Six friends promise to share their fortune in 5 years. The moment is very close, but one of the six is mysteriously murdered, then another... Superintendent Wenceslas Woroboyioetschik (aka ... See full summary »
Six friends promise to share their fortune in 5 years. The moment is very close, but one of the six is mysteriously murdered, then another... Superintendent Wenceslas Woroboyioetschik (aka Wens) is in charge of the investigation... Written by
The director Georges Lacombe refused to shoot a music-hall scene, which is thought redundant. His refusal led to his contract with Continental Films being cancelled (some say to his relief as Continental was financed entirely by the occupying Nazis). See more »
Policeman Pierre Fresnay pursues a multiple murder case
"The Last One of the Six" is a 1941 French murder mystery, written by Henri-Georges Clouzot, directed by Georges Lacombe, and filmed by Robert Lefebvre.
Although the film overall is not a film noir, in my opinion, or at best a marginal noir story, the cinematography is thoroughly film noir all the way, and often stunningly so. The opening sequence, which is an interior, is done entirely in a relatively dark and shadowed way and with the clarity of deep focus. Later interiors and exteriors often are done similarly to good effect. There is a chase scene at the end done in a dark quarry, for example. Film noir enthusiasts will probably enjoy the combination of mystery and photography, and some may judge this to be an early example of noir.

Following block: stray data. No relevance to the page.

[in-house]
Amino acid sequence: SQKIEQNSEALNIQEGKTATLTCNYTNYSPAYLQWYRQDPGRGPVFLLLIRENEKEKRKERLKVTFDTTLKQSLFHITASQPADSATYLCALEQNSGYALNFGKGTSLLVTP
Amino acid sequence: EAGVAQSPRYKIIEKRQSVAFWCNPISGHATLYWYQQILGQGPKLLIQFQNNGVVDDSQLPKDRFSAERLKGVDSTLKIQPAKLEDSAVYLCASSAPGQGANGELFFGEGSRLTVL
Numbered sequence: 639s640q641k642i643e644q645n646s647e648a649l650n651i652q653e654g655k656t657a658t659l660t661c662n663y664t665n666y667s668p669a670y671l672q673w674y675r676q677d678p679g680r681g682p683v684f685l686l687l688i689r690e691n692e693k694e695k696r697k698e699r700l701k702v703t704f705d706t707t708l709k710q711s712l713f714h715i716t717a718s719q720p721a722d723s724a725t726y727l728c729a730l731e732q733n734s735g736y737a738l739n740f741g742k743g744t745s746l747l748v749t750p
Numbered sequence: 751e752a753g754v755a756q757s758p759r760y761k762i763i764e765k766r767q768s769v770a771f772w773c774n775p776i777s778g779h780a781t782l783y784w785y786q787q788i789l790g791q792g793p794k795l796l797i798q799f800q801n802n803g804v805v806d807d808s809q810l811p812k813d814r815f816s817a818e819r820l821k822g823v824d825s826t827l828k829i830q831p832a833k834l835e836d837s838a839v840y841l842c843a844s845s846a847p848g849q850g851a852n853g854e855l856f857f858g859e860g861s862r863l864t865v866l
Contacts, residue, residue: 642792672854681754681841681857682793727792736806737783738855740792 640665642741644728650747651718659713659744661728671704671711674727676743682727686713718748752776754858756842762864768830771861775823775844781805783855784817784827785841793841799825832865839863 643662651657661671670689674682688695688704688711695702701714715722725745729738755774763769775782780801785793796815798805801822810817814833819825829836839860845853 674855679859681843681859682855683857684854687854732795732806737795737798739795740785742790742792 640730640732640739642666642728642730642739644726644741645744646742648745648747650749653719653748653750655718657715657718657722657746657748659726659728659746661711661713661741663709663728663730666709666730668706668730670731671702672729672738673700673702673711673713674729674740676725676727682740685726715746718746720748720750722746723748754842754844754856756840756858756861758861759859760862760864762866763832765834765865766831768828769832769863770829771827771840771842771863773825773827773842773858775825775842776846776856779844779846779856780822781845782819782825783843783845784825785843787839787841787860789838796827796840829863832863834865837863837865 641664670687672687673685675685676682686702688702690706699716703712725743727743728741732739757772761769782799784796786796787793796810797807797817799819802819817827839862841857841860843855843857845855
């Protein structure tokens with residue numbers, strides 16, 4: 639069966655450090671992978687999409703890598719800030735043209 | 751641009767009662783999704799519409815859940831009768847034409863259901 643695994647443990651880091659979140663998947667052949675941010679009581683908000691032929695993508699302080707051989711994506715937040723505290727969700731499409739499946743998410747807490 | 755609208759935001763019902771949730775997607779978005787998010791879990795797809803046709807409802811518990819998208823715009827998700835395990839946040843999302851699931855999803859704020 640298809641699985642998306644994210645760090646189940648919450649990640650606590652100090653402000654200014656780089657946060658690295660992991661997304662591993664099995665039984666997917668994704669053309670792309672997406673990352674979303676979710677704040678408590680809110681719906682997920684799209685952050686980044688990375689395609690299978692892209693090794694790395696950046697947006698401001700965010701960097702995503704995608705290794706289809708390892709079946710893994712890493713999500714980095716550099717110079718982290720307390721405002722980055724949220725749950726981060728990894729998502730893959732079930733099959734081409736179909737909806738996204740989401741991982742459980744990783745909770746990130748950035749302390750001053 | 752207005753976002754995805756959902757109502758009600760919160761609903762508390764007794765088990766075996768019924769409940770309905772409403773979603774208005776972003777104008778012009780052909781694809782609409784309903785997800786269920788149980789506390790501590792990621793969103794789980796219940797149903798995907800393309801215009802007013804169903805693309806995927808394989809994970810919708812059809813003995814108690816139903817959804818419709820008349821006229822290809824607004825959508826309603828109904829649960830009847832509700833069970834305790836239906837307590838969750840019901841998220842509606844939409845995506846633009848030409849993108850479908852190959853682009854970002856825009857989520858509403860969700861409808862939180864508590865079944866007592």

The story starts with six men who are fast friends and who contract to go their separate ways for 5 years, subsequently to share their fortunes or misfortunes. Five years pass, and one is notably successful as a theater owner and director. Much of the action centers on him and his theater, and there is a long dancing and gun-shooting act combination that is quite entertaining and nicely staged, a la Busby Berkeley.
One of the six decides to turn their contract into a kind of tontine, by killing the others and raising his take.
I was able to keep track of 3 or 4 of the 6, but I confess that my powers of observation are waning. To me it seemed that several of them look alike and do not have that much screen time. This should dissuade no one from watching. It adds to the fun. A second viewing beckons.
The action, it seemed to me, proceeded in fits and starts. It would speed up and then, unaccountably, go off into fairly long diversions, so that any tension evaporated. The story didn't have good continuity. Suzy Delair's part was evidently amplified, and she played an annoying girl friend of Fresnay. There actually didn't seem to be any real romantic sparks between any couples on screen. The Fresnay detective character was filled out somewhat but not fully enough, so that it was difficult to identify with anyone. Besides he seemed henpecked.
I wanted to like this one more than I did overall, but it has some good parts to it. The mystery also held up well until the end, although the loose ends were tied up rather glibly. The production values are high in this movie. There are nice sets and very good photography.
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